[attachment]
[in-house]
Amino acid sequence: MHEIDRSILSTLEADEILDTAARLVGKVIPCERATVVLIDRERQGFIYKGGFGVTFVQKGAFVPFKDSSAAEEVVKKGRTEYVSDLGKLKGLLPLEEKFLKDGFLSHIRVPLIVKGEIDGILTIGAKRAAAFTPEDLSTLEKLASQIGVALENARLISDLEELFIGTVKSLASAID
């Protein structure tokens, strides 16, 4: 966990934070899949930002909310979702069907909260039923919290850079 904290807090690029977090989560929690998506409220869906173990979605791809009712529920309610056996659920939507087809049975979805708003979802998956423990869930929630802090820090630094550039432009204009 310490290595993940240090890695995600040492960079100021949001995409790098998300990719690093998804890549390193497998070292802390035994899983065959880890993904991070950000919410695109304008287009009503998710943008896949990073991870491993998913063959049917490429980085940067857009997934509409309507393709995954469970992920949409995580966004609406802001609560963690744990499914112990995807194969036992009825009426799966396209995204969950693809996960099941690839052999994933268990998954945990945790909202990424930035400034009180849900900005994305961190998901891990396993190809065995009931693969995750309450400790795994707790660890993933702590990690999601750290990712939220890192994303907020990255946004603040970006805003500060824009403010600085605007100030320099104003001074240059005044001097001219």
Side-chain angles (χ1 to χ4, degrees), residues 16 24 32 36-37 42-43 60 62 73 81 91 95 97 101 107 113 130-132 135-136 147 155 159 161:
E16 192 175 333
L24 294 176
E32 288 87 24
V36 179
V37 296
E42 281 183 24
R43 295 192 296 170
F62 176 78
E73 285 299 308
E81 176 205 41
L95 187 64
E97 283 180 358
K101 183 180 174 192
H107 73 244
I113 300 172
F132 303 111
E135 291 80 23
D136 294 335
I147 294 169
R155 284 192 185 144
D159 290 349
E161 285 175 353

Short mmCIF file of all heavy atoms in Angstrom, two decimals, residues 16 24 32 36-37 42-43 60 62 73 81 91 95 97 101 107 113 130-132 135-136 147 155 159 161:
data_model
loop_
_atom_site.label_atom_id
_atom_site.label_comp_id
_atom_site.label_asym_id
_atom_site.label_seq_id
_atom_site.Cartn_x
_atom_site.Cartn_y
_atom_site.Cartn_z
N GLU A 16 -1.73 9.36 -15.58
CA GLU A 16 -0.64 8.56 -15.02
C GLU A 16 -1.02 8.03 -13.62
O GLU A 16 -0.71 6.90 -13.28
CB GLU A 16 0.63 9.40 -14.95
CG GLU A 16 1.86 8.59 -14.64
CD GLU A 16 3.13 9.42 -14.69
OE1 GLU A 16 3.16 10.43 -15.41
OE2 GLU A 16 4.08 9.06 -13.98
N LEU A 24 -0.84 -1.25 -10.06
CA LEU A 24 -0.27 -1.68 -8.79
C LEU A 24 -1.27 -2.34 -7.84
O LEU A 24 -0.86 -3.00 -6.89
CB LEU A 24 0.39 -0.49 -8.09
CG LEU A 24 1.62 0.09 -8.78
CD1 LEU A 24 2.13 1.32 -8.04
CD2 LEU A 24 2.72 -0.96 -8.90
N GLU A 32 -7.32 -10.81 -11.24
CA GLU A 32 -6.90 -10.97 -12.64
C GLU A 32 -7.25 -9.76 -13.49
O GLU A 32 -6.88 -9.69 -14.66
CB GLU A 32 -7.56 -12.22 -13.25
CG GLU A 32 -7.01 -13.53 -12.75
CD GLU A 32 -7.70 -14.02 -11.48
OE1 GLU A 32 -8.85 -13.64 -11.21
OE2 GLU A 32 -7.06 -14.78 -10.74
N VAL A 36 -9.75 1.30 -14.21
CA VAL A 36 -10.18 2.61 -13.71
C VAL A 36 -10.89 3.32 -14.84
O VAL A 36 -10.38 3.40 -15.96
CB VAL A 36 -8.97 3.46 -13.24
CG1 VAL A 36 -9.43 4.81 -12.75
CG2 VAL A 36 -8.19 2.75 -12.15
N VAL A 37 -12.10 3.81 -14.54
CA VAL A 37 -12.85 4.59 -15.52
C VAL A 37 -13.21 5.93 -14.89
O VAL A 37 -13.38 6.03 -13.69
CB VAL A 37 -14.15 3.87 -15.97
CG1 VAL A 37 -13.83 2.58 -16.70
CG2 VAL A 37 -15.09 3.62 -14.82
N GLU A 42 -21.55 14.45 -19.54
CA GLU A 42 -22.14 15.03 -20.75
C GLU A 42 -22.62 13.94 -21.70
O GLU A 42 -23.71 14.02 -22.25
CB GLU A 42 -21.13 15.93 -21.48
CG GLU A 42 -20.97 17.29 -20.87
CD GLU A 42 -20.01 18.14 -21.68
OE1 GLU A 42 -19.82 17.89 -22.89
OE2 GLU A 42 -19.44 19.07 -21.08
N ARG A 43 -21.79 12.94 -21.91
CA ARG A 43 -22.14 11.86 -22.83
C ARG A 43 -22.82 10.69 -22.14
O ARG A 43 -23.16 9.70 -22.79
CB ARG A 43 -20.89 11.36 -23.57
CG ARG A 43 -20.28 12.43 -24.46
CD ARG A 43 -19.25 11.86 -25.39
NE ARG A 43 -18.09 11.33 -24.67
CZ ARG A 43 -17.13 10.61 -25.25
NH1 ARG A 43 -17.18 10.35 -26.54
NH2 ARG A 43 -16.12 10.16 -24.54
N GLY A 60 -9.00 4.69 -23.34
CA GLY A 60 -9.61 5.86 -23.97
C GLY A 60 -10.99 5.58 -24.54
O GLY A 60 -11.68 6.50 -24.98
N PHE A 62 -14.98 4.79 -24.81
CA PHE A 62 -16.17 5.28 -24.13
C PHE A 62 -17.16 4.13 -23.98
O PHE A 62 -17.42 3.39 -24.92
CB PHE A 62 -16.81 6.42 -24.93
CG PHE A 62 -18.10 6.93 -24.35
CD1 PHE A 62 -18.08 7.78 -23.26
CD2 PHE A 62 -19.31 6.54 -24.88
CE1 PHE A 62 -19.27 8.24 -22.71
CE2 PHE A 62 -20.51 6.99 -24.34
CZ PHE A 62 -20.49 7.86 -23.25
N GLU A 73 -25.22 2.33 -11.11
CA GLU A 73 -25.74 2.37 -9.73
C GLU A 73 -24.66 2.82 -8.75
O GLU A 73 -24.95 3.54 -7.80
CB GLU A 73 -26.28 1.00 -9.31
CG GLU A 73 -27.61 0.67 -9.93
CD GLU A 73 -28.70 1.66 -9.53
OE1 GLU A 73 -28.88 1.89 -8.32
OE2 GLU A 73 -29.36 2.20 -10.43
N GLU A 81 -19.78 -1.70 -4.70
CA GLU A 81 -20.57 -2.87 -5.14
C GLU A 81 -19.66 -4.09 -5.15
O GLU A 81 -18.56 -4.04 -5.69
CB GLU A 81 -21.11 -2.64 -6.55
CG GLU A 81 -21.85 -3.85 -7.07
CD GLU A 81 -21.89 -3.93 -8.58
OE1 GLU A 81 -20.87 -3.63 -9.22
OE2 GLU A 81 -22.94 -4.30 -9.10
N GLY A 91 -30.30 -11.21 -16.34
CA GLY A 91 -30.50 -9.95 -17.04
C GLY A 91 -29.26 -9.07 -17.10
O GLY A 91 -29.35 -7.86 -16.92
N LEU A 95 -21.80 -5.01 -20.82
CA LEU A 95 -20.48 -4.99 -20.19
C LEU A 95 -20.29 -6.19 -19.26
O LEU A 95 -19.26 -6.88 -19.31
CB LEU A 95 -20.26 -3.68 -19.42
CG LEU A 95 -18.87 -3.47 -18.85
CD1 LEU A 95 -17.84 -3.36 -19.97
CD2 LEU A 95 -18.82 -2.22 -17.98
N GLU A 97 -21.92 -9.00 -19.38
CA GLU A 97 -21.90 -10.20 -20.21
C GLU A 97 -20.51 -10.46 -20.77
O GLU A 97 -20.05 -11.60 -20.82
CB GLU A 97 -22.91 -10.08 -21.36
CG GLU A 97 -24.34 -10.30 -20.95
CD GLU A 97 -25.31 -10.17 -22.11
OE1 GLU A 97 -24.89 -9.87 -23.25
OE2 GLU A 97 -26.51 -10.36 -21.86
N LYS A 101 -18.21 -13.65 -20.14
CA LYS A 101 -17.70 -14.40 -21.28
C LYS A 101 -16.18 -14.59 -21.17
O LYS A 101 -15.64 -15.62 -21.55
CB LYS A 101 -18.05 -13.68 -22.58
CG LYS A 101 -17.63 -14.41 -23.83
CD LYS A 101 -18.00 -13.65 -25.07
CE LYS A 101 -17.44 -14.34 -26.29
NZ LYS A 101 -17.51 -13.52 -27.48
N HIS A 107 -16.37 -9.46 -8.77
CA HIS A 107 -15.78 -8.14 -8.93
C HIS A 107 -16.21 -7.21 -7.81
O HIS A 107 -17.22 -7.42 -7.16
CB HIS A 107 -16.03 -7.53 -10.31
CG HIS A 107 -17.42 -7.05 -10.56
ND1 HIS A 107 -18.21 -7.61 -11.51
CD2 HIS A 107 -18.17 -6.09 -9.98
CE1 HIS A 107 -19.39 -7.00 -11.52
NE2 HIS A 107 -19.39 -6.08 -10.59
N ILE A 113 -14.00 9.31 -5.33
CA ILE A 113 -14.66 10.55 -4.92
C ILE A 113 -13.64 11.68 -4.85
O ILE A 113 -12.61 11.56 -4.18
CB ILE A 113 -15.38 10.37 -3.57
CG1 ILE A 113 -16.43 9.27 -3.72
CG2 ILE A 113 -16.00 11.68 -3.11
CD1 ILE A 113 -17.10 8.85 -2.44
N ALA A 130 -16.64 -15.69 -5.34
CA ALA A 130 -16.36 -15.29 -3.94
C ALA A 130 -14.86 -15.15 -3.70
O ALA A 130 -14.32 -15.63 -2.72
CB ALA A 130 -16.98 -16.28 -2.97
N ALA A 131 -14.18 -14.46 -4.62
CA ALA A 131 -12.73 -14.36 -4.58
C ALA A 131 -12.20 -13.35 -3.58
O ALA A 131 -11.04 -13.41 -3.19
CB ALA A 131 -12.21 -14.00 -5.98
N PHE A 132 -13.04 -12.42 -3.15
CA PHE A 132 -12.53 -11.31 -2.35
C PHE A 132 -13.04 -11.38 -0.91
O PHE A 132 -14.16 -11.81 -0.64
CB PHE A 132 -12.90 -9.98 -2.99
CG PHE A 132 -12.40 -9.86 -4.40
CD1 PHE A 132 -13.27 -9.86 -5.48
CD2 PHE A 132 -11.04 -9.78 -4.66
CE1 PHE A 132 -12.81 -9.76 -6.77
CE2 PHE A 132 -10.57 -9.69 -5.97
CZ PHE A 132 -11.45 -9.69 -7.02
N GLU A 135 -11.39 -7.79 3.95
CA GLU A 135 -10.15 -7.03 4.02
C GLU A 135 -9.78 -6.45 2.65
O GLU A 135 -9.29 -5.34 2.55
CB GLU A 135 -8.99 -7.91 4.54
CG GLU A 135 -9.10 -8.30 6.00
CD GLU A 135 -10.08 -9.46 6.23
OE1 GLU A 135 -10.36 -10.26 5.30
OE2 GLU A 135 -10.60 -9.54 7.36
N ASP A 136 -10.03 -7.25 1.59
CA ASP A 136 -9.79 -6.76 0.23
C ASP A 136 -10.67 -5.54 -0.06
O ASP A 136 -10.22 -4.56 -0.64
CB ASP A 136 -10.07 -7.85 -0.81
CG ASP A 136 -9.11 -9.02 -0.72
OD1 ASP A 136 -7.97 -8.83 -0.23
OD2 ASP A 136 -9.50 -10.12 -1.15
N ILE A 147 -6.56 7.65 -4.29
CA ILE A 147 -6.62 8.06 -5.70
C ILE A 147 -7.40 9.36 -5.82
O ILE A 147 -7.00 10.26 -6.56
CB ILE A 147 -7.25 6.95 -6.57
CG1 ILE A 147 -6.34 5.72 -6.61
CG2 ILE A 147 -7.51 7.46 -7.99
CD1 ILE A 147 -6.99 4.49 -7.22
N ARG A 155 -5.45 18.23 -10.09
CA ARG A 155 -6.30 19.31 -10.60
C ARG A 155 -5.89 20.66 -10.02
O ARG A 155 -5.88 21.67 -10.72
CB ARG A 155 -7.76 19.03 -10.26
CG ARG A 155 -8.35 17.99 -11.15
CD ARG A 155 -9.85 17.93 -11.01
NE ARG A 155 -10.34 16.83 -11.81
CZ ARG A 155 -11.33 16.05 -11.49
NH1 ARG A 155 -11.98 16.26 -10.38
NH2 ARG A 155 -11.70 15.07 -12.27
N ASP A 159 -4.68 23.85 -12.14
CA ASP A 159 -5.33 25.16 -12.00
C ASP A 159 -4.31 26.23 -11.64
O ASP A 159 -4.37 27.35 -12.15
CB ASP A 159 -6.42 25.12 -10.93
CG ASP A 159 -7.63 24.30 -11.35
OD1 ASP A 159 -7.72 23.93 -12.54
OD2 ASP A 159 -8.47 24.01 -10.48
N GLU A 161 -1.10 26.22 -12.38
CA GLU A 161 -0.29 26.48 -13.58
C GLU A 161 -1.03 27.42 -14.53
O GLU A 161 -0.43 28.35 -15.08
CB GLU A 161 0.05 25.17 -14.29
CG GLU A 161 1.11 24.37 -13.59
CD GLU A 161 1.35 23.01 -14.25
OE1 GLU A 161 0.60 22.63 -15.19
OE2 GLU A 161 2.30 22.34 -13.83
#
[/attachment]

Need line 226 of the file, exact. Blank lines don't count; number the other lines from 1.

C ARG A 155 -5.89 20.66 -10.02